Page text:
'It's such a difficult animal. As it moves between so many roosts, there's no way the statutory authorities can protect it,' Dr Stebbings says. There are about 4,000 greater horseshoe bats in total in Wales and south-west England. After many years with the Natural Environmental Research Council and independent consultancy work, Dr Stebbings does not quite know them all, but he must come close.

A local group offered help to protect the threatened species. This assistance made possible an ambitious plan to dig a tunnel and, later, excavate a concrete cave to provide a hibernation place within the existing breeding home, a disused farm building in Dorset.

'The concepts involved in protecting the bat are quite complex,' Dr Stebbings says. 'Needs vary with age. Older adult females need higher temperatures for hibernation, and social groupings vary according to season, while males are solitary and territorial in the breeding period.'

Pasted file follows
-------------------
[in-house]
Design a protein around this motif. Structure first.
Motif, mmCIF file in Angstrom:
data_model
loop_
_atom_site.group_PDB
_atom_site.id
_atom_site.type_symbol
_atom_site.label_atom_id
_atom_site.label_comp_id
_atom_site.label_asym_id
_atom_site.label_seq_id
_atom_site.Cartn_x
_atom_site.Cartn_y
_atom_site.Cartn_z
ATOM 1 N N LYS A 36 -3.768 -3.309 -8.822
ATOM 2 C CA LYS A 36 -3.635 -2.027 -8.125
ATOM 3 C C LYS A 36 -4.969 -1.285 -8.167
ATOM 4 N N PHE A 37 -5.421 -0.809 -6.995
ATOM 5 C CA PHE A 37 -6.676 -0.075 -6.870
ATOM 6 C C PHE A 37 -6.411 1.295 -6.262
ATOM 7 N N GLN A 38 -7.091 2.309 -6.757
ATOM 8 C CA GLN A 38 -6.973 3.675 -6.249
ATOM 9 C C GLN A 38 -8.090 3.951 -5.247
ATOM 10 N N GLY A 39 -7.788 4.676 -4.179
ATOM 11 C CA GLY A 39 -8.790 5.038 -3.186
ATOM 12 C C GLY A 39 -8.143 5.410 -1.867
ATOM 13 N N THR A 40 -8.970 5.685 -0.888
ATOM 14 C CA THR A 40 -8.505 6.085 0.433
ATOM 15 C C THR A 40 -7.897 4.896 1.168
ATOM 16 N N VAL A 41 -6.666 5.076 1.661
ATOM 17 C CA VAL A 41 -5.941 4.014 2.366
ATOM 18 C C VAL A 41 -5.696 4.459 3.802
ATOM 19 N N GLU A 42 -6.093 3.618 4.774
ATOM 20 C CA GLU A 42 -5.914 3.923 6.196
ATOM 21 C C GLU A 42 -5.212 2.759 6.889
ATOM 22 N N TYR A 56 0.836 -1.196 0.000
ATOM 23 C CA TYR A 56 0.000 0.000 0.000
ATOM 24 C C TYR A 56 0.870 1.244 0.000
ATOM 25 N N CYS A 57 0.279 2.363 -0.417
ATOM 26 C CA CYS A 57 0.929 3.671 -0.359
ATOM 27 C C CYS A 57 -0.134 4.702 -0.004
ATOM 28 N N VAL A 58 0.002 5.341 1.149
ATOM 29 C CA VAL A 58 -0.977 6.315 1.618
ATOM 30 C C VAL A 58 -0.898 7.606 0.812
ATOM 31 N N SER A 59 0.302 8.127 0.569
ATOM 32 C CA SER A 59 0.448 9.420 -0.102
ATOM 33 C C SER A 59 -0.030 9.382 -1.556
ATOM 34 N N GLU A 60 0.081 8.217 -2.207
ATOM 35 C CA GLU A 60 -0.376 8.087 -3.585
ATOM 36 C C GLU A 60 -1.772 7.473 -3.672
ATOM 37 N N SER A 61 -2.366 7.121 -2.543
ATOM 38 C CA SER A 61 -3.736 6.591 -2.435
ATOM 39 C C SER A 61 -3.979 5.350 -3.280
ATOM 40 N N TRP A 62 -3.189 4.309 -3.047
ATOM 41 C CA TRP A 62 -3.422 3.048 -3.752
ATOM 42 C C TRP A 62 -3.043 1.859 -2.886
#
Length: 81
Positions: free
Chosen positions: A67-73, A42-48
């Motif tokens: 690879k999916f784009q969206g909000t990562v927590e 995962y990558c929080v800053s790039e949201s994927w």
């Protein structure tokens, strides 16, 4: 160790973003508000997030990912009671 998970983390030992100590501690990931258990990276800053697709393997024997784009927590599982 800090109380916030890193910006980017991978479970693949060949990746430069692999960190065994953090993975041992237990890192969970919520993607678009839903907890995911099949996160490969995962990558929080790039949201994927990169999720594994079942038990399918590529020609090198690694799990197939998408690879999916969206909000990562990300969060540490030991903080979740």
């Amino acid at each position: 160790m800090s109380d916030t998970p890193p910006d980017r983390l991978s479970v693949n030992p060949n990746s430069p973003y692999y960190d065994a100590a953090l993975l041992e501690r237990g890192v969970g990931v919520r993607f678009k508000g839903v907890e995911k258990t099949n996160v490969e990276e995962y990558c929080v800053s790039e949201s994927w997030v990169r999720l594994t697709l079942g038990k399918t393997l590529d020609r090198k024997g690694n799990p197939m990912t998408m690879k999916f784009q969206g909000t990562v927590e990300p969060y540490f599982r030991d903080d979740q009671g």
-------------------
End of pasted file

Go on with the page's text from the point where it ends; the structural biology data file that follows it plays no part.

By creating the right conditions for year- round use, constant protection could be provided on one site. Although many places are used as roosts, the hibernating and breeding spots are the two essential points for the survival of a colony that may inhabit an area of up to 700 square miles.

The problems of conserving this key site were approached with practical ideas and considerable faith. Fortunately, the owners of the property were sympathetic, and English Nature and the Whitney Animal Protection Trust supportive. Nevertheless Dr Stebbings had to hope that the greater horseshoe bats' relatively late breeding age of five or six years and the infant mortality rate would not hinder the recovery of a local group depleted from several thousand.